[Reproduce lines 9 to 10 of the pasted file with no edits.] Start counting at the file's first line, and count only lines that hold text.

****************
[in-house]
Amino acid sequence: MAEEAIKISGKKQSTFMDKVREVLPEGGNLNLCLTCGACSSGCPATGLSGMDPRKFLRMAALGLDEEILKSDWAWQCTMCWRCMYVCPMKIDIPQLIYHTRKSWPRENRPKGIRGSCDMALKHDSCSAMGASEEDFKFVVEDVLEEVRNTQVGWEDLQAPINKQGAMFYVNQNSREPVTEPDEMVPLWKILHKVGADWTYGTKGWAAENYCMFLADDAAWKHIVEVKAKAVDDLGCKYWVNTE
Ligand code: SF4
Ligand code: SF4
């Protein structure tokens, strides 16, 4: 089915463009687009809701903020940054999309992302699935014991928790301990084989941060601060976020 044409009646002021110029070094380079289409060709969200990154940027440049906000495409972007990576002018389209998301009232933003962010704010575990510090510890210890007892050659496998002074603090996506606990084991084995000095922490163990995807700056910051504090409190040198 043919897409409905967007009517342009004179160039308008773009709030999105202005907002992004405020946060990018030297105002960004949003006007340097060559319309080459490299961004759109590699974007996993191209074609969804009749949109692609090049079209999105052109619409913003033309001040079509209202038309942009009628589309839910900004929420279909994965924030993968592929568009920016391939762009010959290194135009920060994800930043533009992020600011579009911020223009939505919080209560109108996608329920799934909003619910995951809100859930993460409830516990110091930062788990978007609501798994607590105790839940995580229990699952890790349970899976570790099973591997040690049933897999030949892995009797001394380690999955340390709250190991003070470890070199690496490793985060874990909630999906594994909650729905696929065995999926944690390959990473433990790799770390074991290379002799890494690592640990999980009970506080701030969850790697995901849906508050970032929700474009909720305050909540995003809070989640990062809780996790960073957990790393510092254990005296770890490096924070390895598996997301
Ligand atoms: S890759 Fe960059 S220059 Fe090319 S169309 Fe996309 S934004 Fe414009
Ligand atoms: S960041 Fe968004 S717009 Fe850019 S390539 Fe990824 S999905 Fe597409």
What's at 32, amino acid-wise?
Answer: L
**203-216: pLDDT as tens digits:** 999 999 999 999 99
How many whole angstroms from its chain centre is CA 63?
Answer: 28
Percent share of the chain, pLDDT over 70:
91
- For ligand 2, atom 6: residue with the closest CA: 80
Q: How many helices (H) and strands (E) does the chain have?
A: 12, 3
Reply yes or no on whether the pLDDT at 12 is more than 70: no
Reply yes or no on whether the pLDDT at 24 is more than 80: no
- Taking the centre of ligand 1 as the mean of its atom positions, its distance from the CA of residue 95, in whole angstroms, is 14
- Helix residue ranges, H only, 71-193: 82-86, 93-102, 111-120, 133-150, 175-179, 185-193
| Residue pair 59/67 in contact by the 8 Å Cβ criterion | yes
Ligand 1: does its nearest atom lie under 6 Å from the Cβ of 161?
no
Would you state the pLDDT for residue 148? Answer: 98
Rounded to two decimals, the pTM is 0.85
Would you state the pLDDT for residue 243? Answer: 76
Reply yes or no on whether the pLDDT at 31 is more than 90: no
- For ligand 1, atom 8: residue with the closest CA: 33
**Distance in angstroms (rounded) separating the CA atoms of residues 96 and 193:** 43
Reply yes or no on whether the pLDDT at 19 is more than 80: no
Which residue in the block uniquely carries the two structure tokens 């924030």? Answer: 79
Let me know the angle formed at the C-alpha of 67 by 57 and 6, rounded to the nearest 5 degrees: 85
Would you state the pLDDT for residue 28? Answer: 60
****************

Answer: L
**203-216: pLDDT as tens digits:** 999 999 999 999 99